13. Not an eval. I'll leave that to @Gario or @Wiesty. Just posting to drop you a suggestion: use reference tracks. Well mixed tracks in a similar style, from ocr or elsewhere. Figure out if yours is similar enough in frequency balance, loudness, proximity/distance, stereo balance, and everything else that matters. Also, it still sounds rather 80s. That's not a bad thing.
  14. Why is this so familiar... oh! This one! One of my recent favorites. And apparently that's the only Sonic Colors source remixed on the site. eval: Voice thing is super annoying. Personal pet peeve. Do what that feedback what you will. Mixing needs work. It's obvious from the first kick and snare appearance, but the other elements need work as well. Your kick is very exposed, and it stands out from the mix. The snare lacks impact because it's high-passed, and can't stand on its own. It's okay when it coincides with the kick, but on its own it's too weak. Getting those elements strong enough on their own is difficult. I had to abandon an idea for one my own current mixes because I couldn't get it right. Hopefully you'll have an easier time figuring it out. The hihat rhythms are rather loud, and there are times when they don't fit the pacing of the other elements. Like at 0:34. The hihat rhythm suggested something high-tempo. That's not what happened. But the hihats are still pretending that's what's going on. From 1:01 it's better, but I'd still look into alternative rhythms for them here. While on the subject of drum writing, the drum fill you use it not very good, and when you repeat it rather often it just makes it worse. Sound design is otherwise fairly good, the choice of sounds works well. It's eclectic, but that's not a problem. It draws from the source in that regard, and I like some of the instrument choices you've made here that set it apart from the source. That somewhat chiptune-y lead, for example. A bit excessive and inconsistent use of reverb and other effects. 1:29 marks a huge difference in sound. I get the change in dynamics, but the whole sound changes to something much drier than before. It's rather jarring. You might want to use a different set of drums for those parts, too. The arrangement seems to be a 1:1 copy of the source. Too conservative for ocr. There's some changes to the dynamics and sound which always happens when you adapt a source to your own instrumentation, and some differences in drum rhythms and obviously instrumentation, but I don't think that's enough. Study some posted remixes of sources you know well, and pick them apart, figure out what they did to make them different. Some will be largely unchanged in arrangement but get a completely different mood going, others will mix in original solos or play the original on an original groove, others still will disintegrate the original and put the pieces together in a completely different way. There are many ways to make the arrangement your own. And if you want to make it an OCReMix, that's what you have to do. The end cuts off abruptly. It shouldn't. It's a great practice track for mixing and sound design, and the end result is fairly pleasant to listen to. Nice work. There are issues, though, and the one that is the main obstacle to getting this posted on ocr is that the arrangement is essentially unchanged from the original. As a cover or source remake, it's fine. But that's not what ocr posts.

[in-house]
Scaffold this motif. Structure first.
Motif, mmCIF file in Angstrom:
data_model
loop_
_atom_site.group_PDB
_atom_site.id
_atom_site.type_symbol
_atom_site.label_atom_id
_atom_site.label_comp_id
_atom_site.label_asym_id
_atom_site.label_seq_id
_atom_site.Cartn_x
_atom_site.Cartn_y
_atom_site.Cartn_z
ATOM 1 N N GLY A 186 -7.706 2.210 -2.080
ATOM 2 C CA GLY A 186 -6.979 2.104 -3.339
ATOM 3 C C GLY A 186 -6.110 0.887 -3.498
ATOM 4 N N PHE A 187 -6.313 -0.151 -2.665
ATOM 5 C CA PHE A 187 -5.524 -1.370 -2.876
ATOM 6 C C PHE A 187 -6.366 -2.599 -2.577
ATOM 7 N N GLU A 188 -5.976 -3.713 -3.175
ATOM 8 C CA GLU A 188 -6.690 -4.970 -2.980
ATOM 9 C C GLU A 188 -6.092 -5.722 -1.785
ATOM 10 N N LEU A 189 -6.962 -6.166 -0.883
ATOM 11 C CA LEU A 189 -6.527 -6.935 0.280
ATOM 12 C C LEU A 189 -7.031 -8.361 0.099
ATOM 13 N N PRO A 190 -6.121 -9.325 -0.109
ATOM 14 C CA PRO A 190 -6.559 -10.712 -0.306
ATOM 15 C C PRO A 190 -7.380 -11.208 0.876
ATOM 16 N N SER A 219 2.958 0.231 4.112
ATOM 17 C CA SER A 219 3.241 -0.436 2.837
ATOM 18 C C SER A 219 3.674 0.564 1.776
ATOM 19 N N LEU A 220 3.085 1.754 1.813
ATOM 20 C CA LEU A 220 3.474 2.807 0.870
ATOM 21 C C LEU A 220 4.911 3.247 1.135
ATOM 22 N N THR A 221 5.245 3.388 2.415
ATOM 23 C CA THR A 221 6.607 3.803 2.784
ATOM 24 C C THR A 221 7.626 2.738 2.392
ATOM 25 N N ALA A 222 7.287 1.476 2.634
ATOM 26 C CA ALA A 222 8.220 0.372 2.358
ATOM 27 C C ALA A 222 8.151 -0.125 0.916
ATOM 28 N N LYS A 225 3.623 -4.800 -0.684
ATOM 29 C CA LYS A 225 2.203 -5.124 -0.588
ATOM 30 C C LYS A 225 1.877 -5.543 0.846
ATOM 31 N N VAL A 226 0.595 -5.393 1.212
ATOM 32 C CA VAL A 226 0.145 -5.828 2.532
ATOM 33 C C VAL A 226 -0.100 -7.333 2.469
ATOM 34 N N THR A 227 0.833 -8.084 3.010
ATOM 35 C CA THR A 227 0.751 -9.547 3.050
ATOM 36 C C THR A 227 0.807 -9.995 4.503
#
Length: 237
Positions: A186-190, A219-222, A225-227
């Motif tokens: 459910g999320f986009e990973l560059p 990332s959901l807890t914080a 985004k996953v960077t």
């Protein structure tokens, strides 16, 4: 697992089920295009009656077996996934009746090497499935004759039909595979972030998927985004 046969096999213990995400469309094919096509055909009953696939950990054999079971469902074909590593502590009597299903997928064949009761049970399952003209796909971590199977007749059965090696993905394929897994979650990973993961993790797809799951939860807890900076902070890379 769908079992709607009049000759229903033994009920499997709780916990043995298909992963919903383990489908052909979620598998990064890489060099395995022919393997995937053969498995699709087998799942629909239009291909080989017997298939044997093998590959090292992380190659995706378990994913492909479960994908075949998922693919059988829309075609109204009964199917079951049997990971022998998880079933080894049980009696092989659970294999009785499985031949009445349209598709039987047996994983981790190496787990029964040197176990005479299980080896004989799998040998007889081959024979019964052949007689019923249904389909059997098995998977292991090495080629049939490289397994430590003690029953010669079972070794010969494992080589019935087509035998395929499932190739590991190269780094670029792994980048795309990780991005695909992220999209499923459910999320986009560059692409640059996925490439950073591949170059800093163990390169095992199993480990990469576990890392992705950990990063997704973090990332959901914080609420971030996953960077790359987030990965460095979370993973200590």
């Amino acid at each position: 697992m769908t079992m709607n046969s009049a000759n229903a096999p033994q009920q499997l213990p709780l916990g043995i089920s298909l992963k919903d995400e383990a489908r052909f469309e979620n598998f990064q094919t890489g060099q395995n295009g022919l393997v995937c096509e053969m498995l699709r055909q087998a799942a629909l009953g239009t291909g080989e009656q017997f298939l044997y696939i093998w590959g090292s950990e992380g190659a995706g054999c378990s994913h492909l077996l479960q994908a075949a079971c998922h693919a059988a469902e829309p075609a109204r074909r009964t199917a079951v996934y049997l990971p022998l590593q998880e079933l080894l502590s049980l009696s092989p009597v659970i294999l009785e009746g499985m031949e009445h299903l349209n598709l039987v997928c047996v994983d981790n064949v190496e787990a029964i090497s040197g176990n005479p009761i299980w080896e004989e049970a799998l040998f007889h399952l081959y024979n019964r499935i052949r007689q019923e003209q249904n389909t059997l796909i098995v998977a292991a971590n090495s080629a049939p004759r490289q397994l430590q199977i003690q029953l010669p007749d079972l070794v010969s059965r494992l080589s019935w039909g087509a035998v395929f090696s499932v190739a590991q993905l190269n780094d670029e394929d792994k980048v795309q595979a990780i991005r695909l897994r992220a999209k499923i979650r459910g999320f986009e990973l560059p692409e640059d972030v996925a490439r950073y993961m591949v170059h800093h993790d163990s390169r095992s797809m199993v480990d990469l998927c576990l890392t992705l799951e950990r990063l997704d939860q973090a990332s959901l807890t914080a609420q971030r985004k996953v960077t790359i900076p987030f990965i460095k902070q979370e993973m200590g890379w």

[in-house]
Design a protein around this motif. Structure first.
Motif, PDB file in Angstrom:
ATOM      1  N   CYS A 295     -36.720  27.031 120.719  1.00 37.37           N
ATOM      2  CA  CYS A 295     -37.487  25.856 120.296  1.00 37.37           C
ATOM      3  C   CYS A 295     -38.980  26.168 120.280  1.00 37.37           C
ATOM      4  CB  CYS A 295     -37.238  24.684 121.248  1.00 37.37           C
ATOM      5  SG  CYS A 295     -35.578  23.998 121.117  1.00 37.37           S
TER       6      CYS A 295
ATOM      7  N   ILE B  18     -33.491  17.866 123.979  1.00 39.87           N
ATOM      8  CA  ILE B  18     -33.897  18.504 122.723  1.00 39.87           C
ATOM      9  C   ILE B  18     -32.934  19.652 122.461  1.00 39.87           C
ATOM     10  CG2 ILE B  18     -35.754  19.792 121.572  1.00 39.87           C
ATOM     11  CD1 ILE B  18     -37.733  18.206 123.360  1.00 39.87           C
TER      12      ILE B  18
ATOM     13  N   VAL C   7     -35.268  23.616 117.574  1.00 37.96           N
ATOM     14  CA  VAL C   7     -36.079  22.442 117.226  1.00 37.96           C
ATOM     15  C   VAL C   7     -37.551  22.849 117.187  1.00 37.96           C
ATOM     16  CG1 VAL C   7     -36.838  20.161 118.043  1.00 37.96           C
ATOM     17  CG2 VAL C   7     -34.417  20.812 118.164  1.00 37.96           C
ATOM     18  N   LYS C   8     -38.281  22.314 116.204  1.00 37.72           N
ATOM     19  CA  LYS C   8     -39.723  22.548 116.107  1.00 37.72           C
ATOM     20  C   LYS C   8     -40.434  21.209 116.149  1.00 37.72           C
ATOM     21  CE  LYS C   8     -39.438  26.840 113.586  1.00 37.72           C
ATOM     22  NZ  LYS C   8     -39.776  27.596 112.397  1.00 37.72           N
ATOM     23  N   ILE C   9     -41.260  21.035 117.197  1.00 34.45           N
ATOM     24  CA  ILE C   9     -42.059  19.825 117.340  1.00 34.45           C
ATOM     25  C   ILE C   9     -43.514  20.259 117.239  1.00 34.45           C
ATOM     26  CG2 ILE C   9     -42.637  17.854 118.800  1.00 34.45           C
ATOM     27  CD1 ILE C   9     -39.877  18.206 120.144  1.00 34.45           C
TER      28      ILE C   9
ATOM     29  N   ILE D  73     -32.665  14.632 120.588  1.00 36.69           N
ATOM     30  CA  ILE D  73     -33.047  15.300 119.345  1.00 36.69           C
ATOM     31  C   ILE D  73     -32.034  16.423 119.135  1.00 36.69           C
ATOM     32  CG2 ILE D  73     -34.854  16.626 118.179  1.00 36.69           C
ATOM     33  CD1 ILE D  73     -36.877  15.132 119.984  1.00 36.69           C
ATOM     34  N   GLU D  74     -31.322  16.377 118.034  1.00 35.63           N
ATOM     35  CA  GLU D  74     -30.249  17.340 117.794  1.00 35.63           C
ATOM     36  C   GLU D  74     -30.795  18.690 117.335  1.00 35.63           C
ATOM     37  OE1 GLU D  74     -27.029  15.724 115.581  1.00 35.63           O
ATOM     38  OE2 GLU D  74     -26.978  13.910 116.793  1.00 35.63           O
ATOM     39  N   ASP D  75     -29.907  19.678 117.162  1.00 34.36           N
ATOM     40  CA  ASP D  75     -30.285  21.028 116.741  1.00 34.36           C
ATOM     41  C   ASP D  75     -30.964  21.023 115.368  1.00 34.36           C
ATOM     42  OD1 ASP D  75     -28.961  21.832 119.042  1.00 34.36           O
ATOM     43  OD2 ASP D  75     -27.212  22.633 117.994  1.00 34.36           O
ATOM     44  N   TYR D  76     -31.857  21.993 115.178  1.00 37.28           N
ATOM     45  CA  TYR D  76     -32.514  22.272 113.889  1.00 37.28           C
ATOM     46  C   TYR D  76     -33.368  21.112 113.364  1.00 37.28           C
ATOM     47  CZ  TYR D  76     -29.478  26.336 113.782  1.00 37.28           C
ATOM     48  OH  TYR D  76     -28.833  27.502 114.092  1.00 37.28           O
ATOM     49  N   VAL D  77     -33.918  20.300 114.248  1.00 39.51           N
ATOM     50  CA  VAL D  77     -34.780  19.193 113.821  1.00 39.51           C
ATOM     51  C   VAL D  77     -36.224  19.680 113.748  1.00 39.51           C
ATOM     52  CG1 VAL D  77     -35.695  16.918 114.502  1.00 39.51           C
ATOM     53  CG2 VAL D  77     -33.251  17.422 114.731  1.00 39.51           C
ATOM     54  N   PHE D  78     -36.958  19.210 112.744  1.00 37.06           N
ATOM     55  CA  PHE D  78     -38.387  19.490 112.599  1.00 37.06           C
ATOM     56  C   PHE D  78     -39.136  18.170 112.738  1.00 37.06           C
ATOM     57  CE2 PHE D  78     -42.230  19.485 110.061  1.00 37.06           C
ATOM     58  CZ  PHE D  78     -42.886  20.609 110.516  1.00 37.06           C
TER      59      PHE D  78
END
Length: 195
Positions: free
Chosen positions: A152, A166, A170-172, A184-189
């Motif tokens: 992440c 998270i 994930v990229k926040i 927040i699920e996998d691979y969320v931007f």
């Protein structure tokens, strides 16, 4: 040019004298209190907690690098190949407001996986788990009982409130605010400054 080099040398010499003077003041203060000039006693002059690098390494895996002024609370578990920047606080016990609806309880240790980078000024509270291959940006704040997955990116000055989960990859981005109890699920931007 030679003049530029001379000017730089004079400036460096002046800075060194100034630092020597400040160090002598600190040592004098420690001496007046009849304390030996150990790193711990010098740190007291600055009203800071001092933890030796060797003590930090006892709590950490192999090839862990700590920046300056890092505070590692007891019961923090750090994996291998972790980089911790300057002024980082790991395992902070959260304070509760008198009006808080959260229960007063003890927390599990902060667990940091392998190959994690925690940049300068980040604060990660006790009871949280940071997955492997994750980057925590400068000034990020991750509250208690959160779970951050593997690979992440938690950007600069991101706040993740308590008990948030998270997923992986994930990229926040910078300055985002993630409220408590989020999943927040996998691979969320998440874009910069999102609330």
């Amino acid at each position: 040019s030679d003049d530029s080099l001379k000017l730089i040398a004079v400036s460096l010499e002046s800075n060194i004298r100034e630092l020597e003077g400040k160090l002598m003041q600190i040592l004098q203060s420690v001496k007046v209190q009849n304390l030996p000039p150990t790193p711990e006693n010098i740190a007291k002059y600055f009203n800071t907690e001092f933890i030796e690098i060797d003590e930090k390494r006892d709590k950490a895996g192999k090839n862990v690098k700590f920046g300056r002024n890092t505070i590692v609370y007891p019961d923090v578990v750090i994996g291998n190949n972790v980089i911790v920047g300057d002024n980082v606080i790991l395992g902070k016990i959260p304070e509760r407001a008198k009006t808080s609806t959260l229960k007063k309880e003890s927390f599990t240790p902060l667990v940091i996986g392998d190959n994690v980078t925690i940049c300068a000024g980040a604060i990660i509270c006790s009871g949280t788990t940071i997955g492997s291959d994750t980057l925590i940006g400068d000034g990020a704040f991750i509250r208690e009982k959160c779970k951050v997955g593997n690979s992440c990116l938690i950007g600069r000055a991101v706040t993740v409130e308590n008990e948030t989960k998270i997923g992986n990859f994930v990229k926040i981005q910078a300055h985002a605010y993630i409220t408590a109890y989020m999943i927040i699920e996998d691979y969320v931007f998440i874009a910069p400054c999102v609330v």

15. eval: "I tried to sample the beat" - Yeah no. You can't sample anything from Square-Enix for something to be posted on ocr. We've got a deal with SE that, as I understand it, prohibits us from posting remixes with audio assets straight from their games. You'd have to recreate those elements yourself if you want this on ocr. There's some weird harmonies happening here. Either you've misheard which key the original is in and the clashes stem from your elements clashing with the sampled elements, or you need to read up on harmony and key and stuff. Listen more closely to find the elements that sound out of place, harmonically. I'm hearing clashes at 0:50, 1:02, and 2:29, and the parts that repeat those things. Learn to recognize and avoid this. The structure is really difficult to hear. I have no idea where in the arrangement I am at a given point. Two tricks I've found that helps with this is signalling and punctuating. Signalling is when you use something to indicate that a part is nearing its end, and the most obvious example is a long reverse cymbal in electronic music. Punctuation is when you end a part and start a new one with a big hit, such as a regular big cymbal, like a crash. There's a lot of ways to signal and punctuate. Even in my own meandering and messy arrangements, the parts are made distinct through signalling and punctuation. I'll reserve comment on source usage until after you've removed/replaced the directly sampled elements. This would get a NO, OVERRIDE currently. Sorry dude. Cool source. The arrangement might still work, provided it's cleaned up and more clear to the listener.